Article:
Local AJCongress vows to move forward

By David Baugher, Special to the Jewish Light

Regardless of the eventual fate of the American Jewish Congress at the national level, the group’s local leader said he expects the programs and activities of its area affiliate to continue.

“There’s no question we intend to move forward,” said Jay Umansky, president of the AJCongress’s St. Louis region. “The only question is in what form and I think that will play out over the course of the upcoming weeks and months.”

The troubled national organization suspended operations this week after struggling for more than a year with financial fallout from investments made with Bernard Madoff. The AJCongress lost significant funds to the convicted tycoon whose Ponzi scheme absorbed billions from thousands of unsuspecting investors, including many Jewish philanthropies and organizations.

Beth Shalom Cemetery ad

Umansky said this week’s move came as no surprise.

“The financial situation at the national office has been evident for more than two years since the Madoff debacle and we knew that this day or something very similar to this day was inevitable,” he said. “The fact remains that because of the financial situation caused by Madoff, the national organization had no alternative but to work toward merging with other likeminded organizations or closing its doors.”

Locally, the AJCongress sponsors a variety of programs and services including the Sidney Jacobs Lecture, an annual constitutional conference at Washington University and the Gateway Older Adult Legal Services (GOALS) program, which provides indigent seniors with legal services. Umansky said those programs will continue but at the moment the organization’s situation is in flux.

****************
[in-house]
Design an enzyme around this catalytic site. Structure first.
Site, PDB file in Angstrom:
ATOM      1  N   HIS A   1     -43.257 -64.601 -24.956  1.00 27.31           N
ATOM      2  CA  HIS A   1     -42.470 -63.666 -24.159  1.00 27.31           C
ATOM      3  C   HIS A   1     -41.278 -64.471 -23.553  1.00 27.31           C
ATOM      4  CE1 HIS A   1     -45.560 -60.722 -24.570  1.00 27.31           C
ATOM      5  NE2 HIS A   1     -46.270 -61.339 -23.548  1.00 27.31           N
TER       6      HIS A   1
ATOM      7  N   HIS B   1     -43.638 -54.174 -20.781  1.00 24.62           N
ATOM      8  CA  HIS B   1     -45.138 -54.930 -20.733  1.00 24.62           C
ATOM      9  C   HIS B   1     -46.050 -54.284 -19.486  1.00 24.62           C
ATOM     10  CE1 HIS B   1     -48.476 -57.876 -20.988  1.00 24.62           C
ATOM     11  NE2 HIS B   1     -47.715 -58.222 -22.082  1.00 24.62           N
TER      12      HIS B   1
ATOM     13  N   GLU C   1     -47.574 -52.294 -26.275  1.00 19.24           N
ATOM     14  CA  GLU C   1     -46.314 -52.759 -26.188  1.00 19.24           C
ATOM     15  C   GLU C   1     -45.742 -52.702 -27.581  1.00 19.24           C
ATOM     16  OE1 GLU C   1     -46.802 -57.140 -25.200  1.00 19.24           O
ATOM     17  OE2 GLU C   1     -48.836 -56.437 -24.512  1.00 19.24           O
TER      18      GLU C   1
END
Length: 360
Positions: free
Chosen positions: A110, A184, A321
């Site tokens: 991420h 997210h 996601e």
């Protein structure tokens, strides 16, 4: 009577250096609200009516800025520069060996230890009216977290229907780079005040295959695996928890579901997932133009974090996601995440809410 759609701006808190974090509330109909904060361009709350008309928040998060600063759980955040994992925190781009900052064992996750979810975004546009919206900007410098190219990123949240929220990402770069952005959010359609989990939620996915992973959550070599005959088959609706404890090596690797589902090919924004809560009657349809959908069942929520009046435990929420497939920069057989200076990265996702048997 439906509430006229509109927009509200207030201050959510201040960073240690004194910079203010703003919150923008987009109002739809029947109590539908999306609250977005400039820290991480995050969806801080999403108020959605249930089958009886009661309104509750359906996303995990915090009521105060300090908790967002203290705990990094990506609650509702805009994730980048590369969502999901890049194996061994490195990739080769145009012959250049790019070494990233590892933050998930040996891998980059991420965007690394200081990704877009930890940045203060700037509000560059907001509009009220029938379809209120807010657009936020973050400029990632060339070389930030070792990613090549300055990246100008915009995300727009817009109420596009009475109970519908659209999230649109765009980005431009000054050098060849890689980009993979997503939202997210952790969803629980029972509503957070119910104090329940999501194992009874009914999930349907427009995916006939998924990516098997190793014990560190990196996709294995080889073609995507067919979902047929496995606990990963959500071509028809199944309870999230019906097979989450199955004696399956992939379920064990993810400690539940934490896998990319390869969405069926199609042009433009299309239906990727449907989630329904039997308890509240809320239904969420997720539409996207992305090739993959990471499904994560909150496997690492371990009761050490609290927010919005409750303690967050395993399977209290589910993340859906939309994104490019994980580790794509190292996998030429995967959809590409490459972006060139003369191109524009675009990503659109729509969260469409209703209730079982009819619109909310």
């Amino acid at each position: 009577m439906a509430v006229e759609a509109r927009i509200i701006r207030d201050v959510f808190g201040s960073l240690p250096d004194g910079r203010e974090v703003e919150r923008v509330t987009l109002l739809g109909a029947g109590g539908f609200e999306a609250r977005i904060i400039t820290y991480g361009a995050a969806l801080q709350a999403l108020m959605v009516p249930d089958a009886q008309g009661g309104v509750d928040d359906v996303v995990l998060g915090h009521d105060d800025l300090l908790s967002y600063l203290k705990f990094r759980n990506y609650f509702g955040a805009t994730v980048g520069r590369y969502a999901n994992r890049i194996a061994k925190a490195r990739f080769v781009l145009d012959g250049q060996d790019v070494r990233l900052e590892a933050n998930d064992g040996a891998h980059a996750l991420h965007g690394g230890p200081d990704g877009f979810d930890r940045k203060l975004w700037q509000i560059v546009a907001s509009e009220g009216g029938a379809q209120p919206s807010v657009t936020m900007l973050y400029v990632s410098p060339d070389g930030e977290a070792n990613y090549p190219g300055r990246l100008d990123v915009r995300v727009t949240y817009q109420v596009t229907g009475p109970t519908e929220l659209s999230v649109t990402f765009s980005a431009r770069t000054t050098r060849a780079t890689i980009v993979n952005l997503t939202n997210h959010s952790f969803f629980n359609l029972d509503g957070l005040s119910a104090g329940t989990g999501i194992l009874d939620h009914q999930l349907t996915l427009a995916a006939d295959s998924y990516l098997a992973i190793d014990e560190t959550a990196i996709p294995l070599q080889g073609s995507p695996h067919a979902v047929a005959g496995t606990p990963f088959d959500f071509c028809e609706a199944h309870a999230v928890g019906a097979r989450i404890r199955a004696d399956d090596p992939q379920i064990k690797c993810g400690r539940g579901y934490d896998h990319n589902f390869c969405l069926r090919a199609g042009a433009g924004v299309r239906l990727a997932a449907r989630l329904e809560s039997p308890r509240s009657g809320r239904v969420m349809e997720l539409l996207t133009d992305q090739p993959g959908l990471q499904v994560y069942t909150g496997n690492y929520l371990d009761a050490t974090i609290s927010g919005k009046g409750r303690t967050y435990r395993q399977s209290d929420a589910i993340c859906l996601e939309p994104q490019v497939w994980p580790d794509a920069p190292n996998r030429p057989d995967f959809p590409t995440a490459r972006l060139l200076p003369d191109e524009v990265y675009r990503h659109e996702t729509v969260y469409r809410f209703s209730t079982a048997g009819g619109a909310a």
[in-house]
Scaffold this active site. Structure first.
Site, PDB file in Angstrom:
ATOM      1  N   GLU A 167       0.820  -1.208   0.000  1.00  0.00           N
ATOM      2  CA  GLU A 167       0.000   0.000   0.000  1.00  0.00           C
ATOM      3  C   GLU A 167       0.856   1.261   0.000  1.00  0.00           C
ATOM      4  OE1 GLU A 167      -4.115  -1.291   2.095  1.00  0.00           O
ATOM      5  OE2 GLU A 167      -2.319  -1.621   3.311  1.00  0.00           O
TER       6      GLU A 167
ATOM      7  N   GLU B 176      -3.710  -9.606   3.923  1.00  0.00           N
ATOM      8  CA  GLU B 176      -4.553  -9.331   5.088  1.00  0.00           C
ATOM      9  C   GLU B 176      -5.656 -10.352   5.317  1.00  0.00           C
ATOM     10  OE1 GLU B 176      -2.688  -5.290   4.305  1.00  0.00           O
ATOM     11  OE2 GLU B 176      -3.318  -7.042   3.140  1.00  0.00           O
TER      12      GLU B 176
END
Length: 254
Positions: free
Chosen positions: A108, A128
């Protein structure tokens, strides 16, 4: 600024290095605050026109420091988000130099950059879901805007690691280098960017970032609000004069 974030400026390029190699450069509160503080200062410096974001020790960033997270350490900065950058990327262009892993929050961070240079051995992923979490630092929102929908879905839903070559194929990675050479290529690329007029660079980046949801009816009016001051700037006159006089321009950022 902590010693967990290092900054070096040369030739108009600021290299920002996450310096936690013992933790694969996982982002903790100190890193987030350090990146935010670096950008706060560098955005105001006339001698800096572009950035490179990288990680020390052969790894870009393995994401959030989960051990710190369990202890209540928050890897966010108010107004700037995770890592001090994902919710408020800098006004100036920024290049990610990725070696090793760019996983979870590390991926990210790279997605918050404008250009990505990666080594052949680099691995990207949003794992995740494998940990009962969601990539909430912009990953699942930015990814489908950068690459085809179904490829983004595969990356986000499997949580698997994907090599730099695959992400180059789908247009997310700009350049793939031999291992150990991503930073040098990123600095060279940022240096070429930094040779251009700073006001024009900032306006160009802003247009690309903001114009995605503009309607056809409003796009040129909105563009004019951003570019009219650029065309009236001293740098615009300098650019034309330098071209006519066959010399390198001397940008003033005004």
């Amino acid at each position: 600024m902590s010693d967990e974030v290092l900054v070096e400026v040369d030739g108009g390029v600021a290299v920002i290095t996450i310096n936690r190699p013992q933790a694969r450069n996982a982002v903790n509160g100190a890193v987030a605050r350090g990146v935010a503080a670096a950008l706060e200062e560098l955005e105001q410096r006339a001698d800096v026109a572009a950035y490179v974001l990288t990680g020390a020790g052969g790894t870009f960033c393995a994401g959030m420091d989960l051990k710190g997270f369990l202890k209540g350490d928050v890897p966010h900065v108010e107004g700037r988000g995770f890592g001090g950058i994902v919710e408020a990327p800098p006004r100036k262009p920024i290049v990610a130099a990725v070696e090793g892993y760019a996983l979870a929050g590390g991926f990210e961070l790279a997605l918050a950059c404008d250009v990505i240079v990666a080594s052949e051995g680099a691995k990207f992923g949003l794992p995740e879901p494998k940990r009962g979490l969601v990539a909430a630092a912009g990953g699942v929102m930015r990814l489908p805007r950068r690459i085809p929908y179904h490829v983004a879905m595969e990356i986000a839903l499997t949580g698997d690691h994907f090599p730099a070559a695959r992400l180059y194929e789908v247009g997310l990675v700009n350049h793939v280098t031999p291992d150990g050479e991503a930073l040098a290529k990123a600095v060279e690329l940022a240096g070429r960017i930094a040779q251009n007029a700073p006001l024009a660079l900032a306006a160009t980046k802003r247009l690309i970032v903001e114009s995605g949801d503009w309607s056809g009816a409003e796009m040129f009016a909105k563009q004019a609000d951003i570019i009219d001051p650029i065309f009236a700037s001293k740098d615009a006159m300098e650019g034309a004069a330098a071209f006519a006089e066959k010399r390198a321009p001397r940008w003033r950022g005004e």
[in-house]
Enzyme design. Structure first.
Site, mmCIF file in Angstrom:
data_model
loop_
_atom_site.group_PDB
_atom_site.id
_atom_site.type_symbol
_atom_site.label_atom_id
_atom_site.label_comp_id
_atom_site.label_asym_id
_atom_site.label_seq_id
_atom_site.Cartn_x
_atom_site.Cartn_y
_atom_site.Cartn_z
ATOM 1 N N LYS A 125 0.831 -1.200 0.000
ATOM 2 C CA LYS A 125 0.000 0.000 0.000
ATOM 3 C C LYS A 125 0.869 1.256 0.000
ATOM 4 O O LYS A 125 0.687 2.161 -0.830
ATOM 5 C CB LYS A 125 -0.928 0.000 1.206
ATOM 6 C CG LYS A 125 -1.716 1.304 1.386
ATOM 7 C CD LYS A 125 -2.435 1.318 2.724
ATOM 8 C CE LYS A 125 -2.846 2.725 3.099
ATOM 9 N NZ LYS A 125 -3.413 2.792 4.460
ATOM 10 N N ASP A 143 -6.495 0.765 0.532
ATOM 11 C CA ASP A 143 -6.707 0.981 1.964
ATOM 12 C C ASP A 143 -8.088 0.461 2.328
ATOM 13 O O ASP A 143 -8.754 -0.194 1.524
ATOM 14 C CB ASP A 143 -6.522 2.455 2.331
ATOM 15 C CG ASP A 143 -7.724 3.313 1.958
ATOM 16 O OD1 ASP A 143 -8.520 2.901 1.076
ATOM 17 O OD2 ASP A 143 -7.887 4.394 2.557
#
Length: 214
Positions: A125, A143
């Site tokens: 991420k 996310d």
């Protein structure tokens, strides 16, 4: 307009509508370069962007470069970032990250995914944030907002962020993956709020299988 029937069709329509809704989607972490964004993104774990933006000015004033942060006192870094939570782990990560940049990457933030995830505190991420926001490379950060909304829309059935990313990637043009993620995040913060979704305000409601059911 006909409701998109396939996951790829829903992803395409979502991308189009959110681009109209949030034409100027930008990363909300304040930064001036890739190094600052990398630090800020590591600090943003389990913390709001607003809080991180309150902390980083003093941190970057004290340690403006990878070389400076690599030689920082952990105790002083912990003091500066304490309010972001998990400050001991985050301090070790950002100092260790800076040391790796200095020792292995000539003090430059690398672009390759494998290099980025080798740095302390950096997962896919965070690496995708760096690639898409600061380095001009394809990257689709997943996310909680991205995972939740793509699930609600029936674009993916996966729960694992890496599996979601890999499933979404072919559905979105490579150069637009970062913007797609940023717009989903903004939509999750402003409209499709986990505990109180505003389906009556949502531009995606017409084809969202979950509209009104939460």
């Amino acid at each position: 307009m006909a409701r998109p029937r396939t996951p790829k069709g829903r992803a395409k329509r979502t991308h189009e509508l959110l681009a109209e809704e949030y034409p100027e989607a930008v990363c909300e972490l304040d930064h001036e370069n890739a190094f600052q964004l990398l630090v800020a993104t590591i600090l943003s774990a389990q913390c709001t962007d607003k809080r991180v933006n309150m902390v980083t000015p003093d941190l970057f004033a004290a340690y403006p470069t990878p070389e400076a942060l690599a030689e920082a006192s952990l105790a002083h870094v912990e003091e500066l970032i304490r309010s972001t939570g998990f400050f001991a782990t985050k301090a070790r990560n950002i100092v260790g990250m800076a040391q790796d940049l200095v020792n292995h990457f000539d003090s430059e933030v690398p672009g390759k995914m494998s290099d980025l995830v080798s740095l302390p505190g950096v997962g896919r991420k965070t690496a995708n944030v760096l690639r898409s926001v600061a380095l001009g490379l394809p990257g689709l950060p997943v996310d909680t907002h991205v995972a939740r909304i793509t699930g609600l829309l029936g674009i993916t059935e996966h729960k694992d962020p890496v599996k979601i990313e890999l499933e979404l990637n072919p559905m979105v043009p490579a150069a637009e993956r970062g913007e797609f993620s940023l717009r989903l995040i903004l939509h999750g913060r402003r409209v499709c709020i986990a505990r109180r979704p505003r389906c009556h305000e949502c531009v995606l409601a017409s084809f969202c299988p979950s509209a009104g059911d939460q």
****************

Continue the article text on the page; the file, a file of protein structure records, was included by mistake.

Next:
“To discuss exactly how the local chapter will respond to the suspension of activities on the national level is difficult but I can tell you that the board of the St. Louis region of the American Jewish Congress is comprised of 25 active, devoted and incredibly hard working laypersons,” he said. “We’ll continue those efforts. In what fashion, I think, remains to be seen.”

One idea involves the local organization continuing as an independent group, a task made easier by the St. Louis chapter’s low overhead and localized donor base.

“We have been independent financially since the office in St. Louis closed in the late ‘90s,” he said. “That gives us the opportunity to continue because we are not counting on the national office for funding. We have been able to continue our projects based off the funds that we generate locally.”

Another possibility would be an association with or assumption of programming by another area organization. St. Louis board members are slated to meet on Aug. 16 and word on the group’s future may come at that time but decisions may also depend on eventual action at the national level, where the congress was considering an association with a likeminded group as a way to remain viable, Umansky said.

“I think that the suspension of operations is not a statement that an association is impossible but rather a practical decision to minimize further expenditure of monies so that a rational considered process can continue without being driven by the need to make a decision because we have obligations that are due,” he said. “This allows the decision as to association to proceed more carefully without being concerned about day-to-day operations.”

Umansky is a member of the national group’s governing council as well as the national committee, which is investigating possible arrangements with other groups. He said he participated in “substantive discussions” on a potential association in New York late last month, which appeared promising but had yet to reach definitive terms. However, he said that he not yet had a chance to touch base with president Richard Gordon or other national leadership since his return from a vacation and was unable to say what developments may have transpired in his absence.